I am going to make some progress.
Our plans go much further than simply reversing the 2004 contract. GPs will offer the most vulnerable guaranteed same-day telephone consultations, which never happened under Labour. There will be a dedicated telephone line so that A and E doctors, ambulance paramedics and others can get advice from GPs about treatment in urgent situations. GPs will co-ordinate care for elderly patients discharged from A and E to try to ensure they get proper wrap-around care to minimise the chance of needing to go back.
We have done something else that the right hon. Member for Leigh never did to tackle long-term pressure on A and E. One of the biggest problems has been not being able to discharge people from hospital because of poor links between the health and social care systems. Through our £3.8 billion better care fund, this Government are doing something that Labour talked about a lot but never actually delivered: we are merging the health and social care systems. Gone will be people being pushed from pillar to post, because in order to access this fund, clinical commissioning groups and local authorities will have to commit to joint commissioning and joint provision.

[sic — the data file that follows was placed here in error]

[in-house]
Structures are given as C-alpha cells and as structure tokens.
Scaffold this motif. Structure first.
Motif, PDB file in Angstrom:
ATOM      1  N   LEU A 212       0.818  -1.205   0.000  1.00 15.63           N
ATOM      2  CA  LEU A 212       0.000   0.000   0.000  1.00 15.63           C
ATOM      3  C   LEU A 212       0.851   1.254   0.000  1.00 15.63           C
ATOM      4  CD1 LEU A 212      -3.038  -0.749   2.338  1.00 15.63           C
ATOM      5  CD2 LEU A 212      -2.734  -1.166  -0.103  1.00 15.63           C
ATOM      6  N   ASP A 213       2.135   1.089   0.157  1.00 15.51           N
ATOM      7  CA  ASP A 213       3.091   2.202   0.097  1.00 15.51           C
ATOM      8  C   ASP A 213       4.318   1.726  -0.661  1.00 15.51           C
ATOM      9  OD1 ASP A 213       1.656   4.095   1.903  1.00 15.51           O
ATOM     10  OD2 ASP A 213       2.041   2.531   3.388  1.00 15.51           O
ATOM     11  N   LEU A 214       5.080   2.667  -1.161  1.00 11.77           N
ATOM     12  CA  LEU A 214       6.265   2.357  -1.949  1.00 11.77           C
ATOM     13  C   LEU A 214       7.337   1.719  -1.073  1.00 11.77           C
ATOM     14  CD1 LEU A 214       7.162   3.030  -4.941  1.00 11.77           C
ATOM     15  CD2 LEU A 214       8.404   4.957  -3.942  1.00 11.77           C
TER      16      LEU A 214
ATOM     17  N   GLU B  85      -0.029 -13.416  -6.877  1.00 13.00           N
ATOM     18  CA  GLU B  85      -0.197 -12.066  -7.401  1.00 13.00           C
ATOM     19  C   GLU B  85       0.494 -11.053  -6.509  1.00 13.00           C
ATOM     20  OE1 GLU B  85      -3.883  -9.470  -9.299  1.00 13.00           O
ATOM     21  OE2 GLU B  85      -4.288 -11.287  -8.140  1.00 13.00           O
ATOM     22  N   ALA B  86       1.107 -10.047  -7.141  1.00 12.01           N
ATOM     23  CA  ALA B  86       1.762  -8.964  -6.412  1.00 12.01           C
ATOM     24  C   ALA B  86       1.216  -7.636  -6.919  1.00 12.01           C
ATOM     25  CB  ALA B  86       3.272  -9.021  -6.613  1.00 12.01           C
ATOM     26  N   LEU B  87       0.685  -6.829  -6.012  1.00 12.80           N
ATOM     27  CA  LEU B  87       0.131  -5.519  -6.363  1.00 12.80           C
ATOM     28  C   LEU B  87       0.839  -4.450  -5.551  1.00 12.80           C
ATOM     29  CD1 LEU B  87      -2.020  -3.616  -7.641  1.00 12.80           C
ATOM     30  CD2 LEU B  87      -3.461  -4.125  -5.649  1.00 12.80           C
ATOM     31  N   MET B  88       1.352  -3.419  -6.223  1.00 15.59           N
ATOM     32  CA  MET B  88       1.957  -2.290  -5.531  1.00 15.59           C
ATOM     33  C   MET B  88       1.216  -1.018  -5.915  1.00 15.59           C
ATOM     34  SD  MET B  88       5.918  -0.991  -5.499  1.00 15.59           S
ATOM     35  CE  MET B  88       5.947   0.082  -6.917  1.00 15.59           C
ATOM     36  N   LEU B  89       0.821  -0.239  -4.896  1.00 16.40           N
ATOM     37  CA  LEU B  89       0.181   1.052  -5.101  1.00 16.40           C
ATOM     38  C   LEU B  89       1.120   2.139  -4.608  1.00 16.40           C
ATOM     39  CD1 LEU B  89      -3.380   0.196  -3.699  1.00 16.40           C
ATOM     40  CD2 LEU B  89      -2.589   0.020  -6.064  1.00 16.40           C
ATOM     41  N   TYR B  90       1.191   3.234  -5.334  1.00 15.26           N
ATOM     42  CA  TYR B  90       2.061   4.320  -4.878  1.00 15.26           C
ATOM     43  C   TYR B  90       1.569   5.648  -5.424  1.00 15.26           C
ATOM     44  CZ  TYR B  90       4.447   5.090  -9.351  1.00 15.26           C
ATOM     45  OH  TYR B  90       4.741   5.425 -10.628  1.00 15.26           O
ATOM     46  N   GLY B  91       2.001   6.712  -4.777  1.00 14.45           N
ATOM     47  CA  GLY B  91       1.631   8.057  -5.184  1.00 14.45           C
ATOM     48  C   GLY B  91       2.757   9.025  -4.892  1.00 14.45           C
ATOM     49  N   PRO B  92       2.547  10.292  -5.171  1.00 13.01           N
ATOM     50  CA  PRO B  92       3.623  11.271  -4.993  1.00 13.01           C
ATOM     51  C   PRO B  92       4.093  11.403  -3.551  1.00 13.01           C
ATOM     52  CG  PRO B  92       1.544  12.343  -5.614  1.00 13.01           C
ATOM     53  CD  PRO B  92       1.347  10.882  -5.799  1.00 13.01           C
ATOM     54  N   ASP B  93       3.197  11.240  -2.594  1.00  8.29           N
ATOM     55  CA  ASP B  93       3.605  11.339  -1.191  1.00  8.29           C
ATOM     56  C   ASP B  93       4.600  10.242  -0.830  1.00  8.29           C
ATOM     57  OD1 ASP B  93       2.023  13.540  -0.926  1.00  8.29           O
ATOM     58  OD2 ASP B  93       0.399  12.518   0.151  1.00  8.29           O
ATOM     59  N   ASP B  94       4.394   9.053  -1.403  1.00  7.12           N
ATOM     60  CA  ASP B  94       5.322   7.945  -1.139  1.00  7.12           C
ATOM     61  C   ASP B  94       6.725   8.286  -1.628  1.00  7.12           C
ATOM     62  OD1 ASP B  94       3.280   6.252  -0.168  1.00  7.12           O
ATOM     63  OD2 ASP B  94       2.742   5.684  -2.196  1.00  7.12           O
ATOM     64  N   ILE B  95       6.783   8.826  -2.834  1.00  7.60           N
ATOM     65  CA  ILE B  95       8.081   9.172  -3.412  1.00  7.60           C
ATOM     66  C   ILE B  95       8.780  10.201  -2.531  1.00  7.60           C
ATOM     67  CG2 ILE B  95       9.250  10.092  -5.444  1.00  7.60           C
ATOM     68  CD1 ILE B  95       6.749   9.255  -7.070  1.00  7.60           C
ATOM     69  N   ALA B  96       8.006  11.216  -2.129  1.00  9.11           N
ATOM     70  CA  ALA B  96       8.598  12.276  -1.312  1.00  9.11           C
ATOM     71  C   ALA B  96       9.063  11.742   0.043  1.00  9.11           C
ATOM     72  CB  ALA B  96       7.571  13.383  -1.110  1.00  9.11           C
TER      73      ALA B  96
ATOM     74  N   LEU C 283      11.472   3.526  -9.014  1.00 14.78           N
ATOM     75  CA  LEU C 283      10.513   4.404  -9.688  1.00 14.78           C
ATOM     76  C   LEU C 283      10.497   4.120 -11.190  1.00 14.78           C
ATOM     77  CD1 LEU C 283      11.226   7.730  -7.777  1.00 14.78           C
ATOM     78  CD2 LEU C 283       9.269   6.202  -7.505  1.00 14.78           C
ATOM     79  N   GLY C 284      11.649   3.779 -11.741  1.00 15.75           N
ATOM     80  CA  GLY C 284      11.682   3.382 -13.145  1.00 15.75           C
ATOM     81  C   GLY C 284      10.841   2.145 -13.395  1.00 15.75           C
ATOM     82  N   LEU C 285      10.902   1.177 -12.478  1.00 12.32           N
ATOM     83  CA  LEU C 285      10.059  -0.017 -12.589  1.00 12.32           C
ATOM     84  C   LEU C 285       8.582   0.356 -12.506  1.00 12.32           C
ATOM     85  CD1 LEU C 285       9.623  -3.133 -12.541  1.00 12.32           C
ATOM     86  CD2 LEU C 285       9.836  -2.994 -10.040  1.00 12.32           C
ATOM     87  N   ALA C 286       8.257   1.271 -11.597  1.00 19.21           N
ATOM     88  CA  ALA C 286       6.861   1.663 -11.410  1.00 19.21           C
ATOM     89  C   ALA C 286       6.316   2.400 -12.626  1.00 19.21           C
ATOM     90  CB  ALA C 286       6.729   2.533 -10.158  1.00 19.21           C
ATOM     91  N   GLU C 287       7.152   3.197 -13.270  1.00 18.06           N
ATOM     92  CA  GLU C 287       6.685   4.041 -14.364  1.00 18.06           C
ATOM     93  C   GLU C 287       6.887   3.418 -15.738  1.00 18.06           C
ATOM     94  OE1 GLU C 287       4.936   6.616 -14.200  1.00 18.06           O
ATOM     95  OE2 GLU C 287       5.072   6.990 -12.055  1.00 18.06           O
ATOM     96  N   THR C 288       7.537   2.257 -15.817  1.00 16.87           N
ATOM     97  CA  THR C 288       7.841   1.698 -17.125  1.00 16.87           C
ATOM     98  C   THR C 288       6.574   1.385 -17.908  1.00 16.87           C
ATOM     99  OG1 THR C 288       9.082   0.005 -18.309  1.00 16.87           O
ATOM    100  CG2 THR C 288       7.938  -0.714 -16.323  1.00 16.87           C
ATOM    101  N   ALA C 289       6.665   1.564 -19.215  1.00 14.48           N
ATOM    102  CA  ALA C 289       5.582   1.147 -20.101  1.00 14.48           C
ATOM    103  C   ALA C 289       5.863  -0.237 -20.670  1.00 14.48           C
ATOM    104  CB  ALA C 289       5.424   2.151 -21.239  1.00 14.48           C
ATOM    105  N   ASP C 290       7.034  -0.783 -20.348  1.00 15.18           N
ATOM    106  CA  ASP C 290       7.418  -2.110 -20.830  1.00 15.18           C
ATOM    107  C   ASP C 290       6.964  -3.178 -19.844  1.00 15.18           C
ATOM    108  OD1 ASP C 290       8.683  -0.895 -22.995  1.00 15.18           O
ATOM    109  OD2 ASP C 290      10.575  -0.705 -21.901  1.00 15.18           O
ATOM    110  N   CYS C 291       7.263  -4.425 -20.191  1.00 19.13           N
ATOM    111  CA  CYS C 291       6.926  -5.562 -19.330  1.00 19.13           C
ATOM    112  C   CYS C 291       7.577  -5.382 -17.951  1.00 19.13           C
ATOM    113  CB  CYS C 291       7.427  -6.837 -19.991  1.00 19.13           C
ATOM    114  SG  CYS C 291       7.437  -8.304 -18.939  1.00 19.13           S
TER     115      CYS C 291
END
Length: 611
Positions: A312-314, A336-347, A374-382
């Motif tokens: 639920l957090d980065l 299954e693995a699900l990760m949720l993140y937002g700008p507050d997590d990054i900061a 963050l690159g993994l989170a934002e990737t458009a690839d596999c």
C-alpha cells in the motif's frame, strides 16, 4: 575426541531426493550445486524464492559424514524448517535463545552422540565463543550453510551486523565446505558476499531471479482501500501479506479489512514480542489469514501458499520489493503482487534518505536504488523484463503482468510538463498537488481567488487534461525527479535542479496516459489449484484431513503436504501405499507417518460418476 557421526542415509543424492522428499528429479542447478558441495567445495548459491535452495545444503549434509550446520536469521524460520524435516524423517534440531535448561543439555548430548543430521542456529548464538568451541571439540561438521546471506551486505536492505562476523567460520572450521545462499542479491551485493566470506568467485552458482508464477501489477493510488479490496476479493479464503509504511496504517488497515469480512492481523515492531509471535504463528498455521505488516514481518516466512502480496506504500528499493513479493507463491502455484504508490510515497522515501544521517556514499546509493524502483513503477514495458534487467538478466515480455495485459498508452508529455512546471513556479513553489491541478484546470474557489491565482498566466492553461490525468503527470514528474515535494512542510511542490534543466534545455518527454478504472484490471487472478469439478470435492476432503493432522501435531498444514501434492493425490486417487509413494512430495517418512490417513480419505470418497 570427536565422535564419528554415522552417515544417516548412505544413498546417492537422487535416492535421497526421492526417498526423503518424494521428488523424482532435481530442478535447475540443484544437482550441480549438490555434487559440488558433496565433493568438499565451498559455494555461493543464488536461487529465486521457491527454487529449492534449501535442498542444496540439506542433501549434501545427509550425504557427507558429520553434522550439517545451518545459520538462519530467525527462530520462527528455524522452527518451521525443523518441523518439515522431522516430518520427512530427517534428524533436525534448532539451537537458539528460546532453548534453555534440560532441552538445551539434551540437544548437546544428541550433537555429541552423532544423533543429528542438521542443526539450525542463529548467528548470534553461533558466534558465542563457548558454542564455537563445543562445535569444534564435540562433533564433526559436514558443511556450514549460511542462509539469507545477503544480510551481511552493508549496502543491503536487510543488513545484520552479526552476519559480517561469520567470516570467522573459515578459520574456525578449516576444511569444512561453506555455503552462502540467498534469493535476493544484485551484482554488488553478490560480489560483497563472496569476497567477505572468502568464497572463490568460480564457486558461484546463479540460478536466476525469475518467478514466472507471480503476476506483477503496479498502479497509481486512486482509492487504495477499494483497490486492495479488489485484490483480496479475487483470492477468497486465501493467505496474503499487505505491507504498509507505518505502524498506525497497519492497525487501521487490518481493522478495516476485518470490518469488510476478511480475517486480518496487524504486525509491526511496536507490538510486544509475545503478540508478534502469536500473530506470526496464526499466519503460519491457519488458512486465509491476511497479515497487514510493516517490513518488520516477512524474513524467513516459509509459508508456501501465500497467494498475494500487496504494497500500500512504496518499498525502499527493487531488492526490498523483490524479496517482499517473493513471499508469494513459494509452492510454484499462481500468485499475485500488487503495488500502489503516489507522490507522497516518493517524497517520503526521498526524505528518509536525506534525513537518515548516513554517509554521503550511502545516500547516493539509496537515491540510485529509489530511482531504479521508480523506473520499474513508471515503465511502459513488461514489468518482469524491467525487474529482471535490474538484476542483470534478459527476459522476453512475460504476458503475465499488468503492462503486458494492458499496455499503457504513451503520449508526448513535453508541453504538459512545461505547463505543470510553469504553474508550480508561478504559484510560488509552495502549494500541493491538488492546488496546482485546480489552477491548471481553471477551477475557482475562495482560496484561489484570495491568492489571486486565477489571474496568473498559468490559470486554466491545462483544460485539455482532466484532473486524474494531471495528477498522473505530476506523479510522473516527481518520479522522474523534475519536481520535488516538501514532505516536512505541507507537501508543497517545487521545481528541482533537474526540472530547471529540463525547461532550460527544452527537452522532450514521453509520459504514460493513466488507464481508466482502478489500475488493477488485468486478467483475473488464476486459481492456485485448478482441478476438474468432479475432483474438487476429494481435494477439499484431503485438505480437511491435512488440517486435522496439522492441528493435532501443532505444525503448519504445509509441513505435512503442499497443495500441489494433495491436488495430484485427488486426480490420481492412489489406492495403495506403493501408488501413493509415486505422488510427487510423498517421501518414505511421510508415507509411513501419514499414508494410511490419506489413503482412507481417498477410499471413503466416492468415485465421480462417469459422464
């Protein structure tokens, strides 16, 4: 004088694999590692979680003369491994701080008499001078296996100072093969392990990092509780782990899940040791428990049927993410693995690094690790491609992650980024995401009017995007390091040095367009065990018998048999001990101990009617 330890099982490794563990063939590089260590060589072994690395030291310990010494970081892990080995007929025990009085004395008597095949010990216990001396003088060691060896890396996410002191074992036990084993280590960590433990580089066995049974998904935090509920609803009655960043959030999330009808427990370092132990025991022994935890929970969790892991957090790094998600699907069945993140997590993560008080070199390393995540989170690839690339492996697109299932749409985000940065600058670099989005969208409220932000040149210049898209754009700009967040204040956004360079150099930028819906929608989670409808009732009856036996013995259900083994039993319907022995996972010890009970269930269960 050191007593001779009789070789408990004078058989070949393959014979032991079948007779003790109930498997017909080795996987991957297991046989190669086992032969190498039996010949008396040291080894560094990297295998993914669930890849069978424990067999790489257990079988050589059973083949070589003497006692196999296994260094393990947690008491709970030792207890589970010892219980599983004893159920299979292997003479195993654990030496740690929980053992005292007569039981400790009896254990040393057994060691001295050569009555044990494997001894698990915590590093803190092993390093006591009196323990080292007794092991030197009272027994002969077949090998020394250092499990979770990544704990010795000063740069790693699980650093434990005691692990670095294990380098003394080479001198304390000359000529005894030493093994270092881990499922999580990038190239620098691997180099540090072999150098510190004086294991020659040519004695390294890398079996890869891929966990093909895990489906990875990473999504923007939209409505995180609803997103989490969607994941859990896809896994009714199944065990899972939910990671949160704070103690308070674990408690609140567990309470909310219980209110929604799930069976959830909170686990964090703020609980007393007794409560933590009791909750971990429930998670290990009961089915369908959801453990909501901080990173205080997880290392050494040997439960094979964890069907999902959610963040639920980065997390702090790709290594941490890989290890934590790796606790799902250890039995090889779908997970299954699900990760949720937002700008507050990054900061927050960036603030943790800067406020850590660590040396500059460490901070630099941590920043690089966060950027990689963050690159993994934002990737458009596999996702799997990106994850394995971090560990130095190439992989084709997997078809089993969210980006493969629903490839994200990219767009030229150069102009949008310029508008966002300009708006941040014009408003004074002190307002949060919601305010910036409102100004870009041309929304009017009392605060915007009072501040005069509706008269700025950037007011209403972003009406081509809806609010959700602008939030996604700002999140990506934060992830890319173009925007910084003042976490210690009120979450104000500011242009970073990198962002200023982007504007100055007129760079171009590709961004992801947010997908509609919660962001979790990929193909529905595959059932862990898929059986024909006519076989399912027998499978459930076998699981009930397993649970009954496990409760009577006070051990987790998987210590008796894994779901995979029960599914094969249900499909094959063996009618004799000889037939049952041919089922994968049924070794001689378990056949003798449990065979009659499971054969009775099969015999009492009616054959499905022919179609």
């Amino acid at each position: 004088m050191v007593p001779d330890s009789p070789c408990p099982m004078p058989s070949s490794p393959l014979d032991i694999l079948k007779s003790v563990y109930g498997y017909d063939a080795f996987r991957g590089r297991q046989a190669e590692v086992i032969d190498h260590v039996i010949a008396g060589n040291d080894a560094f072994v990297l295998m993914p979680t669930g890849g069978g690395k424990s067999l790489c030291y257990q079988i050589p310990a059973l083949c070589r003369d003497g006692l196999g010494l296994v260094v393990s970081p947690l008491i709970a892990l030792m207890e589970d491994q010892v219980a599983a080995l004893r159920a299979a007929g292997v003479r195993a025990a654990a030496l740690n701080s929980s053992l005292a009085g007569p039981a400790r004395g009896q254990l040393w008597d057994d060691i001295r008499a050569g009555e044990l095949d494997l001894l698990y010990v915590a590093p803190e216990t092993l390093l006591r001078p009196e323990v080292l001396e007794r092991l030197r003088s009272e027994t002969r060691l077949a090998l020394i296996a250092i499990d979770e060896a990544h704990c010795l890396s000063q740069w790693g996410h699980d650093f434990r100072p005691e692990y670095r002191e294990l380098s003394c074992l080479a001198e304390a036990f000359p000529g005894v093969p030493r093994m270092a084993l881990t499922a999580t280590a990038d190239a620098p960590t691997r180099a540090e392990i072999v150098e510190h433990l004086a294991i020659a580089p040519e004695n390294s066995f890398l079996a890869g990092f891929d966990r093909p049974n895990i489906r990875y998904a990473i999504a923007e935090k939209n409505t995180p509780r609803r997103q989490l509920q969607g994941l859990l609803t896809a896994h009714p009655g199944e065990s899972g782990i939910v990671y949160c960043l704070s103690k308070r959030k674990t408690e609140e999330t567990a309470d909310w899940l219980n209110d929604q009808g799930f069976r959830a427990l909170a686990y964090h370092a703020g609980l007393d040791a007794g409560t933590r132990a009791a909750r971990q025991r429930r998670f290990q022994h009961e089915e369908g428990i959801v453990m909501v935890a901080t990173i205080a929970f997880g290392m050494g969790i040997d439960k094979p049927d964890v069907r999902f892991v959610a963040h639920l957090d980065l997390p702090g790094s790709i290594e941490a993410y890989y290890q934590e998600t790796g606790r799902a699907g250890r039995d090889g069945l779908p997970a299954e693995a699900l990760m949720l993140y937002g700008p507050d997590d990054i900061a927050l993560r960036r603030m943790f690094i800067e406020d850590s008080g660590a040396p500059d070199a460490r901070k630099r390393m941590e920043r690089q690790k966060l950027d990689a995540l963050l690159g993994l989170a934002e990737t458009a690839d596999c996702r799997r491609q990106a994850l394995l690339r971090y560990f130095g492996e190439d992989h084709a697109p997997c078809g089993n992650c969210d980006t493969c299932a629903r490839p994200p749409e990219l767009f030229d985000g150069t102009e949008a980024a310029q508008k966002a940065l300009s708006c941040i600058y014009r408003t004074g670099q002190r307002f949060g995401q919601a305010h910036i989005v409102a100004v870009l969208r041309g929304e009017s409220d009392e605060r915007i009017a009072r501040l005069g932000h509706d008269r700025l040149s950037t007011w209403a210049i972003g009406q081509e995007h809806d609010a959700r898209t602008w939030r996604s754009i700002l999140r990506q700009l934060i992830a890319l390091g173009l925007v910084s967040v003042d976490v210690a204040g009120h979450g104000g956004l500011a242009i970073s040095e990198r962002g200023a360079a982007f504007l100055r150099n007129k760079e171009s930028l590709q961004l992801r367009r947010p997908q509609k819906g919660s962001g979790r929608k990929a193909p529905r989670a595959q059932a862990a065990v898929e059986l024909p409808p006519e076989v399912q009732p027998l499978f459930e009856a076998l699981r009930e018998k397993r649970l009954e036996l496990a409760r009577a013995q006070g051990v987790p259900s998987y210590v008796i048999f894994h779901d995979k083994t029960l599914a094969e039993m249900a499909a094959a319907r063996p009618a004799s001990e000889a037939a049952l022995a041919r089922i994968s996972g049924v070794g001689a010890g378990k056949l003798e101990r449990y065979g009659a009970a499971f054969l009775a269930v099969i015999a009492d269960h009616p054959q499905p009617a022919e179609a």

Finally, we have looked at the long-term structure of A and E. The previous Government were battered by a succession of failed reconfigurations. We, too, have had challenges over decisions, such as those with regard to Lewisham. Sir Bruce Keogh’s recent review of urgent and emergency care has changed the terms of this debate by setting out a 21st-centruy vision of emergency care. Sir Bruce rightly said there should be more extensive services outside hospital, and this, too, will help to reduce A and E queues. He rightly said that while the number of A and Es is not expected to change, the services offered by all of them should not be identical if we are to maximise the number of lives saved. Our duty to patients is to make that a reality and we will not hesitate to drive that vision forward.
A and E and the ambulance services are performing well under unprecedented pressure. I cannot speak highly enough of the hard-working staff who are working around the clock to deliver vital services. They share our overriding commitment to putting patients first this winter. Unlike Labour Members, we do not seek to turn a tough winter into a political football. If they want to make the comparison between our record and theirs, we are happy to do so: more people being seen within four hours, shorter waiting times, and long-term problems being tackled—not posturing from the Opposition, but action from the Government, and a commitment to do what it takes to support hard-working front-line staff over Christmas. We should get behind them and not undermine their efforts.